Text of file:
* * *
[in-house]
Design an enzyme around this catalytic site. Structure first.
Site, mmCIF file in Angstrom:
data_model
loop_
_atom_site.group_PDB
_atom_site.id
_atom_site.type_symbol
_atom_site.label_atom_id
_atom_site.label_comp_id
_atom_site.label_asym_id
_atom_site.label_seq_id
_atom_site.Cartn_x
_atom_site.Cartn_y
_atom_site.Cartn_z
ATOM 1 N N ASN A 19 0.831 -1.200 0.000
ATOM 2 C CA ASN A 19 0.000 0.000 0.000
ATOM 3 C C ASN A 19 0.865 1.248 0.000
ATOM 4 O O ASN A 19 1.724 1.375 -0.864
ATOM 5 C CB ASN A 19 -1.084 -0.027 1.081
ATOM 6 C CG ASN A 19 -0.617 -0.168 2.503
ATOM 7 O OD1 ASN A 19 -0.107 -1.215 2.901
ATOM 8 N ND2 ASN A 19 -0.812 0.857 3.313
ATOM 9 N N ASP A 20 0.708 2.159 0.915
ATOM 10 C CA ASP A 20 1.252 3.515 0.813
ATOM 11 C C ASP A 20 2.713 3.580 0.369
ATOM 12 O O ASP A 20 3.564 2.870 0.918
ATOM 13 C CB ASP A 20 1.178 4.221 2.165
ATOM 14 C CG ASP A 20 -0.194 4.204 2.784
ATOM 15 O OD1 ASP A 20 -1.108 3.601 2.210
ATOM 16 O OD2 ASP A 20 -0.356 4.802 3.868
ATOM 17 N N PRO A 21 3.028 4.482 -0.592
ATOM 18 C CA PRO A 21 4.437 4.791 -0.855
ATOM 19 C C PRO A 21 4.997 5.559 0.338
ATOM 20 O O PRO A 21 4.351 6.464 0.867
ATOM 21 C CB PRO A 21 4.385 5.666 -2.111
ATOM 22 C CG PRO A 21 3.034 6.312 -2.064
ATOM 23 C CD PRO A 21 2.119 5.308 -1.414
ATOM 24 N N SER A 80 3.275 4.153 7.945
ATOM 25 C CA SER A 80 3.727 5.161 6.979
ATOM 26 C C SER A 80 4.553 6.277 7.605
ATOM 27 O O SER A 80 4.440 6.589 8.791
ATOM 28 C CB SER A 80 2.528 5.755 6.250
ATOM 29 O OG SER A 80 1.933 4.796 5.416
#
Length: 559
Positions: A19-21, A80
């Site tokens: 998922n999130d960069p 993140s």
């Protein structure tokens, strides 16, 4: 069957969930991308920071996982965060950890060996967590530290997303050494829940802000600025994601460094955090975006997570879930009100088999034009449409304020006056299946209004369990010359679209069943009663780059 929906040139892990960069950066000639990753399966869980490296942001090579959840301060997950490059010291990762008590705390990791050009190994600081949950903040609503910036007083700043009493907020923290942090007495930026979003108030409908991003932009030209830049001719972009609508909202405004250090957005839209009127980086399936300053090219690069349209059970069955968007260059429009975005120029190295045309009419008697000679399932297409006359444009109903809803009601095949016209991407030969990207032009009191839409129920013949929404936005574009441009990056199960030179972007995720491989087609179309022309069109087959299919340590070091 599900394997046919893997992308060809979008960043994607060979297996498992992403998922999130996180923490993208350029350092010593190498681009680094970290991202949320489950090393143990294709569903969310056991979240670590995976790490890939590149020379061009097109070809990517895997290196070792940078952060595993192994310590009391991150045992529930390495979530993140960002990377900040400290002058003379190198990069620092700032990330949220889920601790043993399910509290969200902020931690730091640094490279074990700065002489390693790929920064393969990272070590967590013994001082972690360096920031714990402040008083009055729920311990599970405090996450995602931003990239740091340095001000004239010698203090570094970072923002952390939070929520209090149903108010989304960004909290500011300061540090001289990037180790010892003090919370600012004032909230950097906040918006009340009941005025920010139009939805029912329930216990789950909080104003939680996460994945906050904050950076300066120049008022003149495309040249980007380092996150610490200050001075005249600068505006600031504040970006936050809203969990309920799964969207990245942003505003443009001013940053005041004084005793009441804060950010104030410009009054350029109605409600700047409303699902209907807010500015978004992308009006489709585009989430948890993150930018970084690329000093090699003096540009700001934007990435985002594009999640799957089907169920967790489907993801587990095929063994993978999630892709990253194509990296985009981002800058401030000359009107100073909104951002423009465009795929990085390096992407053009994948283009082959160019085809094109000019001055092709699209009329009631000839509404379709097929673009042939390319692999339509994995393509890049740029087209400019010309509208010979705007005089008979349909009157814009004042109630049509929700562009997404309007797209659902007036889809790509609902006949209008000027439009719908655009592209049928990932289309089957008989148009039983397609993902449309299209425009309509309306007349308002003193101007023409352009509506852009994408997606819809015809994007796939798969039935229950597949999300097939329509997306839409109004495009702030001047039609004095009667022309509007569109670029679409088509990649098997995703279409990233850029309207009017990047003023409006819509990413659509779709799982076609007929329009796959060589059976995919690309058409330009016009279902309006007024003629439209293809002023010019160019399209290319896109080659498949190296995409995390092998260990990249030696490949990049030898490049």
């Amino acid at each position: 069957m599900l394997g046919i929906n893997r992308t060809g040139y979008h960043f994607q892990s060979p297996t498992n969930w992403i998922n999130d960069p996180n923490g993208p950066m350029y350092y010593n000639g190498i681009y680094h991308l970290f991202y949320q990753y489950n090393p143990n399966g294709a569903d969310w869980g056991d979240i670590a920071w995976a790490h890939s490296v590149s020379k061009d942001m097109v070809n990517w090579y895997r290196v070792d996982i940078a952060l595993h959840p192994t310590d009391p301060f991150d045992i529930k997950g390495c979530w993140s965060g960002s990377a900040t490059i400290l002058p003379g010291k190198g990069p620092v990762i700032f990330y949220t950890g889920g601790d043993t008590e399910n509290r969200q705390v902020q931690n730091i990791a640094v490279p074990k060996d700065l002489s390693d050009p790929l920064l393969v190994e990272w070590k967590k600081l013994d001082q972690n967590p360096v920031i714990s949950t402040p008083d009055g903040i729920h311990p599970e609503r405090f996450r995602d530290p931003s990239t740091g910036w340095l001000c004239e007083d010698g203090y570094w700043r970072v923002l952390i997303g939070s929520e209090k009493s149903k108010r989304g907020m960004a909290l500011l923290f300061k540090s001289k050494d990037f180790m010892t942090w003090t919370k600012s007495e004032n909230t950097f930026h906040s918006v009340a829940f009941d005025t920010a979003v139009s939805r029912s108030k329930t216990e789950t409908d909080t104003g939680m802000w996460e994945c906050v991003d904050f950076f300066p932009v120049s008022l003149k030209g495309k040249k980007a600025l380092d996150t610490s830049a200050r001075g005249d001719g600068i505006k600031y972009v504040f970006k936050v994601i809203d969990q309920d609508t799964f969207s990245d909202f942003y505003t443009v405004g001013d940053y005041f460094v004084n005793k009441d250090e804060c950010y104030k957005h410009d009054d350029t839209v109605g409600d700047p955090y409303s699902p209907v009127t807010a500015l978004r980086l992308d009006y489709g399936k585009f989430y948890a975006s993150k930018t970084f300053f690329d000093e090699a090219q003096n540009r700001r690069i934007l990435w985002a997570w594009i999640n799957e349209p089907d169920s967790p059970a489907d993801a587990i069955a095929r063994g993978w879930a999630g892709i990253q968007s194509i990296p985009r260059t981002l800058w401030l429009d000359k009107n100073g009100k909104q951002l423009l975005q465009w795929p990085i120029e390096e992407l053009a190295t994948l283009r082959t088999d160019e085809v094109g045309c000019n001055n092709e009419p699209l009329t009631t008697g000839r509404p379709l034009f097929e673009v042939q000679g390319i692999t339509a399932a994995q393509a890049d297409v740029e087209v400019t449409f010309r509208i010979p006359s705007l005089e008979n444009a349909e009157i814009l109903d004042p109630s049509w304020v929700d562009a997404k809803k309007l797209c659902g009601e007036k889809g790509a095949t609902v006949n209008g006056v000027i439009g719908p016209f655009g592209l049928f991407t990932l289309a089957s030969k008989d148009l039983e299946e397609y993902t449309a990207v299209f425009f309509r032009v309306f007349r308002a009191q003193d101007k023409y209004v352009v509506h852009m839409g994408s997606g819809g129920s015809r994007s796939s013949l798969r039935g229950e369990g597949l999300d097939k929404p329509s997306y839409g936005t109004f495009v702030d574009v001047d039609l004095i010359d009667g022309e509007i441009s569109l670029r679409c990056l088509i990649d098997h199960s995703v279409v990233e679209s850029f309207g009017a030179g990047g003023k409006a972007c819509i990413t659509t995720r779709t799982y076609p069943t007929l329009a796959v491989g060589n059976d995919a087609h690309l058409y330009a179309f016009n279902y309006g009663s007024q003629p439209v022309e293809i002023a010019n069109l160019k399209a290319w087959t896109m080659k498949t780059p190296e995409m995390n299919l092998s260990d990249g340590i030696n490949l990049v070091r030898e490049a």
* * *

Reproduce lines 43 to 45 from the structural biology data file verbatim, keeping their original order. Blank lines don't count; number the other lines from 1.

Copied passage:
ATOM 28 C CB SER A 80 2.528 5.755 6.250
ATOM 29 O OG SER A 80 1.933 4.796 5.416
#